SbataxMay 23, 2023
Umlaut UMFR-CD 043
Bertrand Denzler/Jason Kahn
More antithetical settings in which to express the improvisational skills of Paris-based tenor saxophonist Bertrand Denzler are hard to imagine. Yet each of these duos confirm his adaptability and proficiency. A single electro-acoustic track, Translations translates as a microtonal interaction between Denzler, known for his membership in Hubbub and other acoustic ensembles, with American-in-Zürich electronic musician Jason Kahn, who has worked with Axel Dörner among others. A volte face, Sbatax consists of two high-energy Free Jazz free-for-alls with French drummer Antonin Gerbal, who is part of the Umlaut big band as well as many other configurations, including one with Dörner and Denzler.
Based on the similarities and differences between the purrs, squeals and respirations of saxophone reed work and the programmed inconsistent hisses, buzzes and static from electronics, “Translations” burbles and judders through parallel outputs from both players. With reed expression varying from stuttering honks, growling flattement, linear drones and unaccented air forced through the horn’s body tube loudly and quietly, the push back from Kahn includes tremolo whirrs, sudden pops and rugged abrasions. Although both players’ timbres affiliate during the initial sequence with near unbroken timbres, harsher machine recoils and bent-note whines become more prominent as the piece advances. Trading places, squealing reed dislocation, key percussion and masticated split tones from Denzler project stridency, while purring crackles and quivering static from the electronics lighten the interface. The concluding motif finds Denzler aurally asserting expected saxophone properties with extended blowing, reed pops and tongue slaps until his output calms down to meld with restrained whirling from the programmed machine.
If the other session bounces from aggressive to Arcadian, then Sbatax’s two approximately 23-minute duos are unbridled and unstoppable Free Jazz reminiscent of the best creations of the 1960s-1970s. Not that there’s anything derivative about the mix. But relentless is amplified here. Constructing his first expositions out of repeated multiphonic vibrations with altissimo cries, the saxophonist is met by Gerbal’s backbeat splatters which encompass ruffs and pitter patter consistently involving the snare and tom-toms. Interesting enough, the density of the program is such that the drummer doesn’t even sound his cymbals until one-third of the way through the title track and even then it’s cross-handed ruffs and press rolls which predominate to toughen the flow. Finally the piece relaxes with tongue slaps, throat slurs and a sequence of basement level snorts from Denzler meeting Gerbal’s connective ruffs and drags. “Azimuths” is more of the same, although the drumming is more stretched, detached and shattered, at the same time as the broken-octave reed strategy is more emphatic with phrases duplicated up and down the scale with enhanced levels of intensity. As ambulatory and andante as the first track, the second’s dual connection of controlled tension also give it a distinctive sound.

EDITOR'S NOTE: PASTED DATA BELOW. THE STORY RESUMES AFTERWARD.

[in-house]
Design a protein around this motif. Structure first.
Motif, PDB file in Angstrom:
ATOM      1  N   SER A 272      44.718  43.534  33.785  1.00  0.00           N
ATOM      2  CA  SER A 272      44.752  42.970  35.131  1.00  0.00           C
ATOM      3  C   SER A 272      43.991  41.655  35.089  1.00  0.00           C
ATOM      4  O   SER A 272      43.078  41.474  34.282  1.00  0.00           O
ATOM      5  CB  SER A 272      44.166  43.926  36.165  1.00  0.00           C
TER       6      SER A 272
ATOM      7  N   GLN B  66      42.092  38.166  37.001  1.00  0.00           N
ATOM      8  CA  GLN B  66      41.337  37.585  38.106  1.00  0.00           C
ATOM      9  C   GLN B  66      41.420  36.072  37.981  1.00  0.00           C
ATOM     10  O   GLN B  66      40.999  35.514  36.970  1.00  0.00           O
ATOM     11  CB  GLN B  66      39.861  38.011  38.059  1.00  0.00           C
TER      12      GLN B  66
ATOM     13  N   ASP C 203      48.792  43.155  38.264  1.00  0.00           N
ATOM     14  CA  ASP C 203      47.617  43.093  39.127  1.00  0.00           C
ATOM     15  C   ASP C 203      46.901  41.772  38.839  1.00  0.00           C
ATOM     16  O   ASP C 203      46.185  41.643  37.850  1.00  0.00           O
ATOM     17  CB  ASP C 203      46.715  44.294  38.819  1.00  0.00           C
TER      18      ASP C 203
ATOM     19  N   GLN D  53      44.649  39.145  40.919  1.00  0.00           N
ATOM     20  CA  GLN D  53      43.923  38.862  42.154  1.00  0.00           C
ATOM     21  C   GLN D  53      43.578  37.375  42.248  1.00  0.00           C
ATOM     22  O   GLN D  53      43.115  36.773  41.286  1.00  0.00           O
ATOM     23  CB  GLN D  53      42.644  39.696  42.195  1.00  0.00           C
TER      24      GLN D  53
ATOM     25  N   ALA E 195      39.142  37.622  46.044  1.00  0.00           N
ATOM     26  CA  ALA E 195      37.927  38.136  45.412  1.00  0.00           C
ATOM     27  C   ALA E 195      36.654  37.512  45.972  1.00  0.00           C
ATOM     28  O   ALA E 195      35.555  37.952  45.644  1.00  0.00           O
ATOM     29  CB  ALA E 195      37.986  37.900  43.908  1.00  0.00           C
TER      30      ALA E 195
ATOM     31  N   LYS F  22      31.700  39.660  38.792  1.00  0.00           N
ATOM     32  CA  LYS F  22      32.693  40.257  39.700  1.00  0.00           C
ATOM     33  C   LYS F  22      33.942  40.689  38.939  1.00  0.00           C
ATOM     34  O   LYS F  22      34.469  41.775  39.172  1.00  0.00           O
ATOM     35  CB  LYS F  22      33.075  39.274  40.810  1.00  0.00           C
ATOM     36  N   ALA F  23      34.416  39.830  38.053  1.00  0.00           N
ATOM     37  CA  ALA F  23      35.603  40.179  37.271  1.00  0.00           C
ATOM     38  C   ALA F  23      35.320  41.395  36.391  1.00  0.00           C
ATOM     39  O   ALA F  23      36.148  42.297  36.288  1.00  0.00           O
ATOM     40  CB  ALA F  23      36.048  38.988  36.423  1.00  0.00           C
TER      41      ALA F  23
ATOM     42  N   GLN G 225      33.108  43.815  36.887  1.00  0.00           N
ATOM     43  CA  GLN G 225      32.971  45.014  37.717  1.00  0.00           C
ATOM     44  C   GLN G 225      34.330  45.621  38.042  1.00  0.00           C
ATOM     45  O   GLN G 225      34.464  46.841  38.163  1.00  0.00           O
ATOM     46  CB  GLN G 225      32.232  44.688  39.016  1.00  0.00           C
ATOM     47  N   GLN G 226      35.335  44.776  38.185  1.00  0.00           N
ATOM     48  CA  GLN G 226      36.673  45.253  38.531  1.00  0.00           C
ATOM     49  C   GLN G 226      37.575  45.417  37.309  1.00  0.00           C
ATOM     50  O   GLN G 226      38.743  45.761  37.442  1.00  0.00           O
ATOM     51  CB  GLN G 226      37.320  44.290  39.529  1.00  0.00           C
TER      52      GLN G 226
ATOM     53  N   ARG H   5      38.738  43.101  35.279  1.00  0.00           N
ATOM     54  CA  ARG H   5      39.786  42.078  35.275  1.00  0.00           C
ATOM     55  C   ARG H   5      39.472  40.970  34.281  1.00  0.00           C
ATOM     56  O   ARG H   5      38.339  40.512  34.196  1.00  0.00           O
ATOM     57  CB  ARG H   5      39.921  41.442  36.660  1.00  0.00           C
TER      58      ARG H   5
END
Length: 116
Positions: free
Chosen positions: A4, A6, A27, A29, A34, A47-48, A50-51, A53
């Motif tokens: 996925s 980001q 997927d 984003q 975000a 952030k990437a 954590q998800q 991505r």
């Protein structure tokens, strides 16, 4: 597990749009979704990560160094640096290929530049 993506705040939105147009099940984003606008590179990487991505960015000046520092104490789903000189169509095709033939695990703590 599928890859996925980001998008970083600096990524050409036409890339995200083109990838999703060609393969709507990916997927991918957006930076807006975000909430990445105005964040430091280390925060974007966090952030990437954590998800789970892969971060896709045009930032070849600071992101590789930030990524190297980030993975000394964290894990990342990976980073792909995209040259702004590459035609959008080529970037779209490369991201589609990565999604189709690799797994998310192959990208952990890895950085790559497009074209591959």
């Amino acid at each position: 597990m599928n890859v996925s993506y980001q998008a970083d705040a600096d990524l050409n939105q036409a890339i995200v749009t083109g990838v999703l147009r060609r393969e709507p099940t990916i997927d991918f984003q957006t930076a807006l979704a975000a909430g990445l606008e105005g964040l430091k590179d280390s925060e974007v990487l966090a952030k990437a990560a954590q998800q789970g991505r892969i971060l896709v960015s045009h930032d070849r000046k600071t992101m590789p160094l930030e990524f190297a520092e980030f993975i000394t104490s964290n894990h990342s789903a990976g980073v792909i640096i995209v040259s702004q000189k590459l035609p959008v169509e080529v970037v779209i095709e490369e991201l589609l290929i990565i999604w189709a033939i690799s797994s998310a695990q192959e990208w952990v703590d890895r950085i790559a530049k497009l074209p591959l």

The demise of long-constituted, regularly working bands in the 21st Century is somewhat disquieting for improvisational music. But it does give advanced plyers like the ones here license to experiment with varied forms.
Track Listing: Translations: 1. Translations
Personnel: Translations: Bertrand Denzler (tenor saxophone) and Jason Kahn (electronics)
Track Listing: Spires: 1. Spires 2. Azimuths
Personnel: Spires: Bertrand Denzler (tenor saxophone) and Antonin Gerbal (drums)